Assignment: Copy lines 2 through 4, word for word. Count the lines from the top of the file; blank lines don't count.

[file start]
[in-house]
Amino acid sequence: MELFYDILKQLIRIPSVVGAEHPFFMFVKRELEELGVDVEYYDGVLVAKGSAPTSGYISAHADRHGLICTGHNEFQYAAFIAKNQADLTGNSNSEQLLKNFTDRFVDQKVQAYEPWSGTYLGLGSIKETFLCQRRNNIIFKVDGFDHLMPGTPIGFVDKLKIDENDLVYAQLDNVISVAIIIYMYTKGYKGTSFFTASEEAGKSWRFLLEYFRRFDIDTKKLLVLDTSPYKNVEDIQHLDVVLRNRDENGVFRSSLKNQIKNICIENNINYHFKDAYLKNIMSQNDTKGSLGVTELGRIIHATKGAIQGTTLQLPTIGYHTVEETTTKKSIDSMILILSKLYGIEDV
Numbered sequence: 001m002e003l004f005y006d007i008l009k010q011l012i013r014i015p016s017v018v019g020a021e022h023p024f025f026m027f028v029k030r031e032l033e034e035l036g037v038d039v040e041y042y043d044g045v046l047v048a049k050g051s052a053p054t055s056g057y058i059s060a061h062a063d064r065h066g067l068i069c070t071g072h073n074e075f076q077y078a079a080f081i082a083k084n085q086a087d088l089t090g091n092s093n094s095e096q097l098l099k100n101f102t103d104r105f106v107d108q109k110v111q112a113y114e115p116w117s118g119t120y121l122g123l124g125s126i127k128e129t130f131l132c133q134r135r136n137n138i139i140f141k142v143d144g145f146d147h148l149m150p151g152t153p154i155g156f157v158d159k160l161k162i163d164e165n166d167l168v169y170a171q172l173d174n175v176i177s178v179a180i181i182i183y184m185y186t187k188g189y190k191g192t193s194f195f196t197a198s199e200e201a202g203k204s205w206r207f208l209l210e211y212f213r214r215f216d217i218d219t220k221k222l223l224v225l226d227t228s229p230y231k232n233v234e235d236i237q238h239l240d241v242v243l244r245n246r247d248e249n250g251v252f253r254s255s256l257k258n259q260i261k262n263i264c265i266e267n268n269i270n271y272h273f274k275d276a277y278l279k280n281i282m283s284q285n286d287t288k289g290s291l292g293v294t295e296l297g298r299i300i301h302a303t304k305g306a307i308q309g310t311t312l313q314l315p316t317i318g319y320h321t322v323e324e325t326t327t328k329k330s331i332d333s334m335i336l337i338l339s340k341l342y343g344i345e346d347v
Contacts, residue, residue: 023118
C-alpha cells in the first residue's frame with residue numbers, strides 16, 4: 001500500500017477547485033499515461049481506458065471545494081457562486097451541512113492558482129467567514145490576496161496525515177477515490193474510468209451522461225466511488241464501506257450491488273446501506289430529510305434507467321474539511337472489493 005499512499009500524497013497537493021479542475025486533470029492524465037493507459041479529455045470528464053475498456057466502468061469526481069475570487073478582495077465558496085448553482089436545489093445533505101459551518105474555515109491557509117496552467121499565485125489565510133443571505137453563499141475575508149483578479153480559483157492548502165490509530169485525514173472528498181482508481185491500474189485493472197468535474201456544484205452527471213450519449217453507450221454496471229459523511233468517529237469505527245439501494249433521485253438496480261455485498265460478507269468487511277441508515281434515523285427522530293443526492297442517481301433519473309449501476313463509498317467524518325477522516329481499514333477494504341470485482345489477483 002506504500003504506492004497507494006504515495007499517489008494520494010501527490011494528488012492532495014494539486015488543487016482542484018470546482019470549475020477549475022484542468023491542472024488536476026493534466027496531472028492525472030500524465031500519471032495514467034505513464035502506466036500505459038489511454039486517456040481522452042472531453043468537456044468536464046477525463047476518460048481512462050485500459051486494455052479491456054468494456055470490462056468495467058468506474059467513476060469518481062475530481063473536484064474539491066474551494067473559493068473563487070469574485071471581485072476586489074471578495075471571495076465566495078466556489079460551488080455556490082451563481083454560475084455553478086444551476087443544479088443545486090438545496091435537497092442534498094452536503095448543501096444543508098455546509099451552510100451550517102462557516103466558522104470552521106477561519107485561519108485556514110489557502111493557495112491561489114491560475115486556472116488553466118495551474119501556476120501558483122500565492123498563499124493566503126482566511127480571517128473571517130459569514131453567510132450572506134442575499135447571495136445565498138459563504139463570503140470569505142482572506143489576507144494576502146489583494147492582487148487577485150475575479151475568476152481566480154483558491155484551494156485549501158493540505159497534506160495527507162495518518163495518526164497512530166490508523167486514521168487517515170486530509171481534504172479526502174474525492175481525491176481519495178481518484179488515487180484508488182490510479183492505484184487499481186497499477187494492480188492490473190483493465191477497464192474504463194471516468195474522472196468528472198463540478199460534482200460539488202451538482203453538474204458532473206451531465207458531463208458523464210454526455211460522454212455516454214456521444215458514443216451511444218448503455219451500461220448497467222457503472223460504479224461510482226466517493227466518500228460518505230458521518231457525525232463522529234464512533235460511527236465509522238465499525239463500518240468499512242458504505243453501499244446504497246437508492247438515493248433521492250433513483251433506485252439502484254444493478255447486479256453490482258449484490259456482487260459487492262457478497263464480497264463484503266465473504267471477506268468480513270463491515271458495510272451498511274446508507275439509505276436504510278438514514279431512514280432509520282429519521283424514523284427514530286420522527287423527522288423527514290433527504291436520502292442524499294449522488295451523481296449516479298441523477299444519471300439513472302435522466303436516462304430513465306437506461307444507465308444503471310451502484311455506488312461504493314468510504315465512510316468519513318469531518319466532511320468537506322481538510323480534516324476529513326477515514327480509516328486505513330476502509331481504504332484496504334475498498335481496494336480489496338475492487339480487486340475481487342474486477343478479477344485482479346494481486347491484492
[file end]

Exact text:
Amino acid sequence: MELFYDILKQLIRIPSVVGAEHPFFMFVKRELEELGVDVEYYDGVLVAKGSAPTSGYISAHADRHGLICTGHNEFQYAAFIAKNQADLTGNSNSEQLLKNFTDRFVDQKVQAYEPWSGTYLGLGSIKETFLCQRRNNIIFKVDGFDHLMPGTPIGFVDKLKIDENDLVYAQLDNVISVAIIIYMYTKGYKGTSFFTASEEAGKSWRFLLEYFRRFDIDTKKLLVLDTSPYKNVEDIQHLDVVLRNRDENGVFRSSLKNQIKNICIENNINYHFKDAYLKNIMSQNDTKGSLGVTELGRIIHATKGAIQGTTLQLPTIGYHTVEETTTKKSIDSMILILSKLYGIEDV
Numbered sequence: 001m002e003l004f005y006d007i008l009k010q011l012i013r014i015p016s017v018v019g020a021e022h023p024f025f026m027f028v029k030r031e032l033e034e035l036g037v038d039v040e041y042y043d044g045v046l047v048a049k050g051s052a053p054t055s056g057y058i059s060a061h062a063d064r065h066g067l068i069c070t071g072h073n074e075f076q077y078a079a080f081i082a083k084n085q086a087d088l089t090g091n092s093n094s095e096q097l098l099k100n101f102t103d104r105f106v107d108q109k110v111q112a113y114e115p116w117s118g119t120y121l122g123l124g125s126i127k128e129t130f131l132c133q134r135r136n137n138i139i140f141k142v143d144g145f146d147h148l149m150p151g152t153p154i155g156f157v158d159k160l161k162i163d164e165n166d167l168v169y170a171q172l173d174n175v176i177s178v179a180i181i182i183y184m185y186t187k188g189y190k191g192t193s194f195f196t197a198s199e200e201a202g203k204s205w206r207f208l209l210e211y212f213r214r215f216d217i218d219t220k221k222l223l224v225l226d227t228s229p230y231k232n233v234e235d236i237q238h239l240d241v242v243l244r245n246r247d248e249n250g251v252f253r254s255s256l257k258n259q260i261k262n263i264c265i266e267n268n269i270n271y272h273f274k275d276a277y278l279k280n281i282m283s284q285n286d287t288k289g290s291l292g293v294t295e296l297g298r299i300i301h302a303t304k305g306a307i308q309g310t311t312l313q314l315p316t317i318g319y320h321t322v323e324e325t326t327t328k329k330s331i332d333s334m335i336l337i338l339s340k341l342y343g344i345e346d347v
Contacts, residue, residue: 023118